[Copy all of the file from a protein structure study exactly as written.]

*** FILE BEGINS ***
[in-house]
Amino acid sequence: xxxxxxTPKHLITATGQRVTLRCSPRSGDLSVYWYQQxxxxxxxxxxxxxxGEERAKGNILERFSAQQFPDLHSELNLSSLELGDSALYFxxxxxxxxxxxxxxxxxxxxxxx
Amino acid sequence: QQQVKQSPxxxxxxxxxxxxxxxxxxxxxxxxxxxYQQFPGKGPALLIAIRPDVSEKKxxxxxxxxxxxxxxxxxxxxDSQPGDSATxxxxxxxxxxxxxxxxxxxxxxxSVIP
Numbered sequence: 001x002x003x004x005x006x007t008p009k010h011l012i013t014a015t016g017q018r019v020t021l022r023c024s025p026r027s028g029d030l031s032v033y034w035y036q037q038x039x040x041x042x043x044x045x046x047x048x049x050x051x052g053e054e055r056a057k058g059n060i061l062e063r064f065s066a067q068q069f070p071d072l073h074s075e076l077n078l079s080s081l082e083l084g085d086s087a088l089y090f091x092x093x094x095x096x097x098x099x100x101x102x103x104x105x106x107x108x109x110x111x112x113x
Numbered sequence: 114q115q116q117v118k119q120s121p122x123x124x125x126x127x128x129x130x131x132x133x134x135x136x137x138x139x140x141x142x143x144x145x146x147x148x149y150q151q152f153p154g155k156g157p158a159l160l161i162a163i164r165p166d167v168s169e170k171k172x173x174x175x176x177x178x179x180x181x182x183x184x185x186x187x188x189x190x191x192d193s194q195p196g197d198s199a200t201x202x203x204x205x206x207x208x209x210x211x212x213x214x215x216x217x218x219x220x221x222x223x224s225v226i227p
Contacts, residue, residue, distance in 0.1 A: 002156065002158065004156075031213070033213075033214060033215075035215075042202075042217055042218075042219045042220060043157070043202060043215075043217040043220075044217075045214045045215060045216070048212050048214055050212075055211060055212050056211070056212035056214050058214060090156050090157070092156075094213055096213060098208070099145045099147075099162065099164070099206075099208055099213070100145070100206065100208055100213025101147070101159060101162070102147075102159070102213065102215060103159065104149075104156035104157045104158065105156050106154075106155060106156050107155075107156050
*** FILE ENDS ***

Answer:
[in-house]
Amino acid sequence: xxxxxxTPKHLITATGQRVTLRCSPRSGDLSVYWYQQxxxxxxxxxxxxxxGEERAKGNILERFSAQQFPDLHSELNLSSLELGDSALYFxxxxxxxxxxxxxxxxxxxxxxx
Amino acid sequence: QQQVKQSPxxxxxxxxxxxxxxxxxxxxxxxxxxxYQQFPGKGPALLIAIRPDVSEKKxxxxxxxxxxxxxxxxxxxxDSQPGDSATxxxxxxxxxxxxxxxxxxxxxxxSVIP
Numbered sequence: 001x002x003x004x005x006x007t008p009k010h011l012i013t014a015t016g017q018r019v020t021l022r023c024s025p026r027s028g029d030l031s032v033y034w035y036q037q038x039x040x041x042x043x044x045x046x047x048x049x050x051x052g053e054e055r056a057k058g059n060i061l062e063r064f065s066a067q068q069f070p071d072l073h074s075e076l077n078l079s080s081l082e083l084g085d086s087a088l089y090f091x092x093x094x095x096x097x098x099x100x101x102x103x104x105x106x107x108x109x110x111x112x113x
Numbered sequence: 114q115q116q117v118k119q120s121p122x123x124x125x126x127x128x129x130x131x132x133x134x135x136x137x138x139x140x141x142x143x144x145x146x147x148x149y150q151q152f153p154g155k156g157p158a159l160l161i162a163i164r165p166d167v168s169e170k171k172x173x174x175x176x177x178x179x180x181x182x183x184x185x186x187x188x189x190x191x192d193s194q195p196g197d198s199a200t201x202x203x204x205x206x207x208x209x210x211x212x213x214x215x216x217x218x219x220x221x222x223x224s225v226i227p
Contacts, residue, residue, distance in 0.1 A: 002156065002158065004156075031213070033213075033214060033215075035215075042202075042217055042218075042219045042220060043157070043202060043215075043217040043220075044217075045214045045215060045216070048212050048214055050212075055211060055212050056211070056212035056214050058214060090156050090157070092156075094213055096213060098208070099145045099147075099162065099164070099206075099208055099213070100145070100206065100208055100213025101147070101159060101162070102147075102159070102213065102215060103159065104149075104156035104157045104158065105156050106154075106155060106156050107155075107156050